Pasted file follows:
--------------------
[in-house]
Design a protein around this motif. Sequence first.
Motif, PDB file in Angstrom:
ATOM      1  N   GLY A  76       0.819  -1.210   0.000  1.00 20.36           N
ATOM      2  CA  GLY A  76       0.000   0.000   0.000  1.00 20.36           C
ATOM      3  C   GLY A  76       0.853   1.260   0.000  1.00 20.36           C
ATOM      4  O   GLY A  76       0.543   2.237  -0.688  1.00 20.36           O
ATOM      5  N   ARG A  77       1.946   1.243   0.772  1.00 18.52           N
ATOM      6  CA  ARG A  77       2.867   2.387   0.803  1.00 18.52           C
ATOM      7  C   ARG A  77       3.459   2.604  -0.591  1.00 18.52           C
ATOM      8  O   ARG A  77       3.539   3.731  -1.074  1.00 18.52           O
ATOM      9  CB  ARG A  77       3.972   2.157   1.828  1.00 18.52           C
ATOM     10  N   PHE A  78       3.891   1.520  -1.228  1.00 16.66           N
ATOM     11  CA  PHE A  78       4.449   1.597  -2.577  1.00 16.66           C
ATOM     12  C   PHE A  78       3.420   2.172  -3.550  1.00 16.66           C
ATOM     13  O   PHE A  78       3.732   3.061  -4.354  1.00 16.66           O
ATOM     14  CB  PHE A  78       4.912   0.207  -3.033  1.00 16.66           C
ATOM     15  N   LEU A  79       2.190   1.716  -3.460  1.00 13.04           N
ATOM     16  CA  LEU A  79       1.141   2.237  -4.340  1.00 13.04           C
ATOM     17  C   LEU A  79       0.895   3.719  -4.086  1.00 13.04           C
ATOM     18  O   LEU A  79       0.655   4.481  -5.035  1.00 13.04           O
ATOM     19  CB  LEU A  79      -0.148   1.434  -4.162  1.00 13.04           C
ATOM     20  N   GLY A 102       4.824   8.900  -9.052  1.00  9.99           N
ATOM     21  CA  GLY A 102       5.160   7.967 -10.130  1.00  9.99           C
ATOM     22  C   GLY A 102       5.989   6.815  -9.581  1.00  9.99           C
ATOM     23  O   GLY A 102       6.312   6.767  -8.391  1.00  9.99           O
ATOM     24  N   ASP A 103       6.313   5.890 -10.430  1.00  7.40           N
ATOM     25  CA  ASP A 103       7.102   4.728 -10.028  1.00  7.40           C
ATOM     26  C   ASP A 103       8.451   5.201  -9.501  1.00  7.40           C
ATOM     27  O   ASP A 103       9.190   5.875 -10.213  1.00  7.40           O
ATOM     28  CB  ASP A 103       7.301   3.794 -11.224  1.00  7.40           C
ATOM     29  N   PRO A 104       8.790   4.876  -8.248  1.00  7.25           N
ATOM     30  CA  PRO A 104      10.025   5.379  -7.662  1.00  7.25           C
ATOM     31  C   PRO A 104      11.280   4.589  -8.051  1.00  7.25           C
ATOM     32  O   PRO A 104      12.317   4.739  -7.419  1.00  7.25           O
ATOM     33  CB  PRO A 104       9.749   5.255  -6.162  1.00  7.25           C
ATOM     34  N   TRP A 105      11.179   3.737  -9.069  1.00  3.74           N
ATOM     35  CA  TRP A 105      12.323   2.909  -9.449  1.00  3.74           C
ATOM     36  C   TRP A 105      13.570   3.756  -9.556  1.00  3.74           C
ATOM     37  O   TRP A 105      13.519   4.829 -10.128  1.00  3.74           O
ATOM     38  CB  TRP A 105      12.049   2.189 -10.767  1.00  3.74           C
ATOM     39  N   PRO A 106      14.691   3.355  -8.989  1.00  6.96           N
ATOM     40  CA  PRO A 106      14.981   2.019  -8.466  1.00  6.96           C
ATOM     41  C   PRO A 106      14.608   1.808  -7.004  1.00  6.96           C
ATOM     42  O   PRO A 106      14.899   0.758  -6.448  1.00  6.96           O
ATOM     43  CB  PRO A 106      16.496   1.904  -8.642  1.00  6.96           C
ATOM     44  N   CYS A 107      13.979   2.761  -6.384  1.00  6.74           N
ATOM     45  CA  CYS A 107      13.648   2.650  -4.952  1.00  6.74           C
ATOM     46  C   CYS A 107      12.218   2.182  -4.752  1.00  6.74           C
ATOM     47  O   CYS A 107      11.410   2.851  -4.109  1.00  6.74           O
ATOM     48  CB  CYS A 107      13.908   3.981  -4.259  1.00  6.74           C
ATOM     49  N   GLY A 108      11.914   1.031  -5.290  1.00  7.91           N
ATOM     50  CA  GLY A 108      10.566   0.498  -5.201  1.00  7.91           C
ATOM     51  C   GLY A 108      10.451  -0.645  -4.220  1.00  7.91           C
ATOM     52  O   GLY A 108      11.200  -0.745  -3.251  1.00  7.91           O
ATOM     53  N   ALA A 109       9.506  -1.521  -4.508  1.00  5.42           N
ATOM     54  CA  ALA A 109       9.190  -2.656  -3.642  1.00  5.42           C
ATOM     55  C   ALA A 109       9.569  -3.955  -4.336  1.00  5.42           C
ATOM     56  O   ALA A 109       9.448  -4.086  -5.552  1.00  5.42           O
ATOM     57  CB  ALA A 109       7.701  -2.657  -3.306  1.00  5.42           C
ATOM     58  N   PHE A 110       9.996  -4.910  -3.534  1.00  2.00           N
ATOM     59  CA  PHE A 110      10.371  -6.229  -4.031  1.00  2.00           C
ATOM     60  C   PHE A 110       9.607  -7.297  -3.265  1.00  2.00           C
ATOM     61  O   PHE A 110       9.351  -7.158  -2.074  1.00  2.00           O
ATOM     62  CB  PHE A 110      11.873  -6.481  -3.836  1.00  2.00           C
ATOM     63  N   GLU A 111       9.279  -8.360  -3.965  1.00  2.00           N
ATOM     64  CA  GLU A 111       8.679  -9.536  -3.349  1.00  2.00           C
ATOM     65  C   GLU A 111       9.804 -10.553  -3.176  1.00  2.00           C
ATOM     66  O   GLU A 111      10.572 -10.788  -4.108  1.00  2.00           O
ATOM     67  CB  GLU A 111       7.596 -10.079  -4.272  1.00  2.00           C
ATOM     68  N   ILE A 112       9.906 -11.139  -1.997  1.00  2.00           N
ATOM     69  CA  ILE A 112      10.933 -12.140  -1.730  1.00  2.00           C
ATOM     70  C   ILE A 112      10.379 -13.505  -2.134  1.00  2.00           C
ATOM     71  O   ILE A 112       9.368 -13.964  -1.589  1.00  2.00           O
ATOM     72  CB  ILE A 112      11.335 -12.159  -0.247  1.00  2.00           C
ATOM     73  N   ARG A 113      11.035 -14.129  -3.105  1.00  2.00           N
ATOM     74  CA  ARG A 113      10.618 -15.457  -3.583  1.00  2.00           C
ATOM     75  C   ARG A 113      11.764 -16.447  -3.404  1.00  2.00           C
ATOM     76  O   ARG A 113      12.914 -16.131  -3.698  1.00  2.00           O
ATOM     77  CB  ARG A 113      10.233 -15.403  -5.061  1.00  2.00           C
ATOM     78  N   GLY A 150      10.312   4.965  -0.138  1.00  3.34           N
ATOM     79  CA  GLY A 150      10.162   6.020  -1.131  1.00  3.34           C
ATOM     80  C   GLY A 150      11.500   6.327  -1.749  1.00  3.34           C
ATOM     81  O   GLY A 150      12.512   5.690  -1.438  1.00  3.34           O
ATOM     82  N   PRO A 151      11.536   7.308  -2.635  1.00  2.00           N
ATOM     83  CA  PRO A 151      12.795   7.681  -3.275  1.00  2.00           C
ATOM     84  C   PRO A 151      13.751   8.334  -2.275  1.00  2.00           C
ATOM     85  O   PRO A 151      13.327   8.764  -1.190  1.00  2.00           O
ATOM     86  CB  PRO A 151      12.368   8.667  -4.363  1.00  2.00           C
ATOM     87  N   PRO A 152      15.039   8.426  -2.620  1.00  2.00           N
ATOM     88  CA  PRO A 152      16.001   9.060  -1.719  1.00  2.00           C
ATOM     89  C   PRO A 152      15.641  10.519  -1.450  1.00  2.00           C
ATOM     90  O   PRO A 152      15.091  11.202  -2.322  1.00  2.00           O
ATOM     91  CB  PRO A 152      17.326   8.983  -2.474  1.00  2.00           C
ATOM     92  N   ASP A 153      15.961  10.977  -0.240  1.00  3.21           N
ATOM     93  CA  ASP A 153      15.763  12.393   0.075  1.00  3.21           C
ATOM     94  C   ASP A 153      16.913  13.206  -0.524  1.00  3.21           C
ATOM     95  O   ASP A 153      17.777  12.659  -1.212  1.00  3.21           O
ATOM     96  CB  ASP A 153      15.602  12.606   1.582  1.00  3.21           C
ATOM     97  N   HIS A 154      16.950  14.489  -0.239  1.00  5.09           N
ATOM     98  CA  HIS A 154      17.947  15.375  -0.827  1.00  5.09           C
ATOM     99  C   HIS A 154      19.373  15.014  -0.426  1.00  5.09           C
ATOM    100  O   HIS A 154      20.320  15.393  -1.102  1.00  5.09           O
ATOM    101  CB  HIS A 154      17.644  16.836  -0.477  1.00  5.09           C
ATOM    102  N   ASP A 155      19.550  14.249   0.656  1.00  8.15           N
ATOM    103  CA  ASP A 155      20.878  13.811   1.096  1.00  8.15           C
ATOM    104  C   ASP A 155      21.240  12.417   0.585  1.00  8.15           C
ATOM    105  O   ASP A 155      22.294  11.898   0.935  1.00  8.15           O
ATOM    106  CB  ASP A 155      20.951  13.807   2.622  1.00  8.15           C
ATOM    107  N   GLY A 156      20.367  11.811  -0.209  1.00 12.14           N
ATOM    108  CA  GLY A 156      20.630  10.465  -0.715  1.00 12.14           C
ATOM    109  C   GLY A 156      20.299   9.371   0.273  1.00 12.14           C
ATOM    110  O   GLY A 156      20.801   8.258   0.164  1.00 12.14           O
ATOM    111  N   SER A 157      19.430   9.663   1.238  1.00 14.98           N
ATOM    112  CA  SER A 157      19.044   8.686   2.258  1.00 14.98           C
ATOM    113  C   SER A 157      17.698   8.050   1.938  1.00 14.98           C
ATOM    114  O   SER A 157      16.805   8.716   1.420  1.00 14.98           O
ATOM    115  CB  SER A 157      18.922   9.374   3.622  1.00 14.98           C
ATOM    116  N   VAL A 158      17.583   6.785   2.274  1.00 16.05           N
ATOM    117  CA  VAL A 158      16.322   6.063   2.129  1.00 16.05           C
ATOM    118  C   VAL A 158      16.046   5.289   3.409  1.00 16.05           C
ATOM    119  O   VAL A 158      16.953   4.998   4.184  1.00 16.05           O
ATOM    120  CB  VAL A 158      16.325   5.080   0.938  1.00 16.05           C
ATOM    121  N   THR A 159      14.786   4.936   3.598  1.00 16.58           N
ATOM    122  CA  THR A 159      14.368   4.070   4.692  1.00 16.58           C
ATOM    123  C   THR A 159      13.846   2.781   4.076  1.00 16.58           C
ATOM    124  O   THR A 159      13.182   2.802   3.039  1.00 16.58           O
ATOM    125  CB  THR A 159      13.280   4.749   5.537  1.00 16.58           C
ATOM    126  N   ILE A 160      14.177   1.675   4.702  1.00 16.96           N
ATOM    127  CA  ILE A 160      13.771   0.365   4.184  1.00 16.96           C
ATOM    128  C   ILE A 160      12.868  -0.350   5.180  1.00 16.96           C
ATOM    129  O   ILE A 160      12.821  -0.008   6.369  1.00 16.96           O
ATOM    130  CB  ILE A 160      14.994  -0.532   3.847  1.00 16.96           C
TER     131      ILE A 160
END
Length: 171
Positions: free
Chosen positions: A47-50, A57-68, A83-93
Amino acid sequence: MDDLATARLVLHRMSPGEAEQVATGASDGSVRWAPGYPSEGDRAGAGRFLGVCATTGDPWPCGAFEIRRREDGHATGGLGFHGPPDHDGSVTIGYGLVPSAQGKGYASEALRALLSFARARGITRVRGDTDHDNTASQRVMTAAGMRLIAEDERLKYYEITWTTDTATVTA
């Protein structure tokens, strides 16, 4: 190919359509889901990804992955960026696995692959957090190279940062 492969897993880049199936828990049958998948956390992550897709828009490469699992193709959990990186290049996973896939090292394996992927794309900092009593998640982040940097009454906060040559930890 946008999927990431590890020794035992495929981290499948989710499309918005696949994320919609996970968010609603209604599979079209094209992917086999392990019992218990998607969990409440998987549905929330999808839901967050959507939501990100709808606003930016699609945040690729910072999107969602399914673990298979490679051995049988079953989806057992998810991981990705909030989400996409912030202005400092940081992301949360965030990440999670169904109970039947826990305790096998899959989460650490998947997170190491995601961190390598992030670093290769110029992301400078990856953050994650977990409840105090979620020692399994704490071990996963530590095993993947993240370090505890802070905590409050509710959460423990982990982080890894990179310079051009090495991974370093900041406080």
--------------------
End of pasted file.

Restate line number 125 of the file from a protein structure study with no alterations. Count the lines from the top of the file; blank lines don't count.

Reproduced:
ATOM    122  CA  THR A 159      14.368   4.070   4.692  1.00 16.58           C